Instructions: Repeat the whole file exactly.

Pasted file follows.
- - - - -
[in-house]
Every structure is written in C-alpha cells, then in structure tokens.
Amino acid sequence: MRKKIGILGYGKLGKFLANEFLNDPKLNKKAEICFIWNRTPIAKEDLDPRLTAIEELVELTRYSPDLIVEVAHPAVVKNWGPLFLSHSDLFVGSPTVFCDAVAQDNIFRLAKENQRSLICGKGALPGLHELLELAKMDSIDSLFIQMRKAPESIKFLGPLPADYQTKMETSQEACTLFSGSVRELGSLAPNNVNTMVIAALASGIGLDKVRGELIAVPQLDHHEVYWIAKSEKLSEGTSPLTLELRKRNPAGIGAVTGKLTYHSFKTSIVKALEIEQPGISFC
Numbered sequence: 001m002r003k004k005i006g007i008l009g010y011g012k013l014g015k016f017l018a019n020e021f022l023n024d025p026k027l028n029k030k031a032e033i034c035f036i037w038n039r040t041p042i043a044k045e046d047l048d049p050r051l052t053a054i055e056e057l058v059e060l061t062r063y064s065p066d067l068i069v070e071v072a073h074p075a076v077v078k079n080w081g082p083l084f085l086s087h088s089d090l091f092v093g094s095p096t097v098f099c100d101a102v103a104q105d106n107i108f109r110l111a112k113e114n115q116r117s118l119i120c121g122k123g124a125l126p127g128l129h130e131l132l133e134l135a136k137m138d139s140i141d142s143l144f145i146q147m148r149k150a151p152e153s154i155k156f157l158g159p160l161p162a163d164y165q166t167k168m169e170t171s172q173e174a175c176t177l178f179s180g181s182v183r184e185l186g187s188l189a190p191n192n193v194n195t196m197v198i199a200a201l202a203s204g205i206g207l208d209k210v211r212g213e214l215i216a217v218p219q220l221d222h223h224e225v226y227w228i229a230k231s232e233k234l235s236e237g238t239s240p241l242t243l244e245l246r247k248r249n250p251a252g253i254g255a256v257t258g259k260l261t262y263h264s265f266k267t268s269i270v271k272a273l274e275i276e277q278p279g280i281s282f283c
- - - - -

[in-house]
Every structure is written in C-alpha cells, then in structure tokens.
Amino acid sequence: MRKKIGILGYGKLGKFLANEFLNDPKLNKKAEICFIWNRTPIAKEDLDPRLTAIEELVELTRYSPDLIVEVAHPAVVKNWGPLFLSHSDLFVGSPTVFCDAVAQDNIFRLAKENQRSLICGKGALPGLHELLELAKMDSIDSLFIQMRKAPESIKFLGPLPADYQTKMETSQEACTLFSGSVRELGSLAPNNVNTMVIAALASGIGLDKVRGELIAVPQLDHHEVYWIAKSEKLSEGTSPLTLELRKRNPAGIGAVTGKLTYHSFKTSIVKALEIEQPGISFC
Numbered sequence: 001m002r003k004k005i006g007i008l009g010y011g012k013l014g015k016f017l018a019n020e021f022l023n024d025p026k027l028n029k030k031a032e033i034c035f036i037w038n039r040t041p042i043a044k045e046d047l048d049p050r051l052t053a054i055e056e057l058v059e060l061t062r063y064s065p066d067l068i069v070e071v072a073h074p075a076v077v078k079n080w081g082p083l084f085l086s087h088s089d090l091f092v093g094s095p096t097v098f099c100d101a102v103a104q105d106n107i108f109r110l111a112k113e114n115q116r117s118l119i120c121g122k123g124a125l126p127g128l129h130e131l132l133e134l135a136k137m138d139s140i141d142s143l144f145i146q147m148r149k150a151p152e153s154i155k156f157l158g159p160l161p162a163d164y165q166t167k168m169e170t171s172q173e174a175c176t177l178f179s180g181s182v183r184e185l186g187s188l189a190p191n192n193v194n195t196m197v198i199a200a201l202a203s204g205i206g207l208d209k210v211r212g213e214l215i216a217v218p219q220l221d222h223h224e225v226y227w228i229a230k231s232e233k234l235s236e237g238t239s240p241l242t243l244e245l246r247k248r249n250p251a252g253i254g255a256v257t258g259k260l261t262y263h264s265f266k267t268s269i270v271k272a273l274e275i276e277q278p279g280i281s282f283c